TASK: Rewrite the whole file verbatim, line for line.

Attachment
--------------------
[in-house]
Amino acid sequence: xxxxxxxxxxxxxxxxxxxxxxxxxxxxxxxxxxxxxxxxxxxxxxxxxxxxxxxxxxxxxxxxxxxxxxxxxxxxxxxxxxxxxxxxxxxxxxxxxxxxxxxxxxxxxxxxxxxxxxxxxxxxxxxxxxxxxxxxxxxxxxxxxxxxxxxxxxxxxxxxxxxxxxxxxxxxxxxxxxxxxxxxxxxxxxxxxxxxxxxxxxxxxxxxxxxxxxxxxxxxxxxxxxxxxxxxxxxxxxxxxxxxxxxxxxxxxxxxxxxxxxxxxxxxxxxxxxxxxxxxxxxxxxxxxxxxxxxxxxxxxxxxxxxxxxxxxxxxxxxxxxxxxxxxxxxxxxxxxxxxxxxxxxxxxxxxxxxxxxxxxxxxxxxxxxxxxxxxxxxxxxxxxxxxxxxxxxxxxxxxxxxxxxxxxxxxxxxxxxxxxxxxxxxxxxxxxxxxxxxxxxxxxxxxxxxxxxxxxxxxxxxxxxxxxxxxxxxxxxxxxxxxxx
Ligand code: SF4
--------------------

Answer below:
[in-house]
Amino acid sequence: xxxxxxxxxxxxxxxxxxxxxxxxxxxxxxxxxxxxxxxxxxxxxxxxxxxxxxxxxxxxxxxxxxxxxxxxxxxxxxxxxxxxxxxxxxxxxxxxxxxxxxxxxxxxxxxxxxxxxxxxxxxxxxxxxxxxxxxxxxxxxxxxxxxxxxxxxxxxxxxxxxxxxxxxxxxxxxxxxxxxxxxxxxxxxxxxxxxxxxxxxxxxxxxxxxxxxxxxxxxxxxxxxxxxxxxxxxxxxxxxxxxxxxxxxxxxxxxxxxxxxxxxxxxxxxxxxxxxxxxxxxxxxxxxxxxxxxxxxxxxxxxxxxxxxxxxxxxxxxxxxxxxxxxxxxxxxxxxxxxxxxxxxxxxxxxxxxxxxxxxxxxxxxxxxxxxxxxxxxxxxxxxxxxxxxxxxxxxxxxxxxxxxxxxxxxxxxxxxxxxxxxxxxxxxxxxxxxxxxxxxxxxxxxxxxxxxxxxxxxxxxxxxxxxxxxxxxxxxxxxxxxxxx
Ligand code: SF4